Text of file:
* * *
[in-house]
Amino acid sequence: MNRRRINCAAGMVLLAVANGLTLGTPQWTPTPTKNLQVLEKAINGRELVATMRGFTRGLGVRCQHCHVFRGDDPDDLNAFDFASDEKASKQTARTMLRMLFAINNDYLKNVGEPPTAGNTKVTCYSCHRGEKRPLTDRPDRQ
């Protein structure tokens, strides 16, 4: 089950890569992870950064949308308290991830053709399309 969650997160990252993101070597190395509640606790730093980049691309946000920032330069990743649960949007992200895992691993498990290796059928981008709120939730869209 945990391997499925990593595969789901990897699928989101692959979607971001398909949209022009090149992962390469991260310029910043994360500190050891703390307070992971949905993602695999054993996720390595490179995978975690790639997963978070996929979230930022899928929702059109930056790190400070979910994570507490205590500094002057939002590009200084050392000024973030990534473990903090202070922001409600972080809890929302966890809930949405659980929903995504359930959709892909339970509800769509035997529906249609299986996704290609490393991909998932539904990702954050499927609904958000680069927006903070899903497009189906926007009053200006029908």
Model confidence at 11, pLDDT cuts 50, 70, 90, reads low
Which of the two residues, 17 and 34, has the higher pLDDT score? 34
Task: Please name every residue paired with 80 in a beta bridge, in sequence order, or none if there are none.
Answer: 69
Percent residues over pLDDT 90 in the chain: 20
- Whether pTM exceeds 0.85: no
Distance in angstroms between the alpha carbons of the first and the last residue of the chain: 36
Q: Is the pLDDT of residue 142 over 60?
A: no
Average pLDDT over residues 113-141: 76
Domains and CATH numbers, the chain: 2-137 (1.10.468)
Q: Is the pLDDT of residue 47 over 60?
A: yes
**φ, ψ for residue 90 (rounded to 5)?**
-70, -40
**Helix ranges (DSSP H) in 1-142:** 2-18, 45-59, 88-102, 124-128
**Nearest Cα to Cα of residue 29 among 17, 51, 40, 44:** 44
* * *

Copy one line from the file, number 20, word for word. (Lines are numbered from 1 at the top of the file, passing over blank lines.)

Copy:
**Nearest Cα to Cα of residue 29 among 17, 51, 40, 44:** 44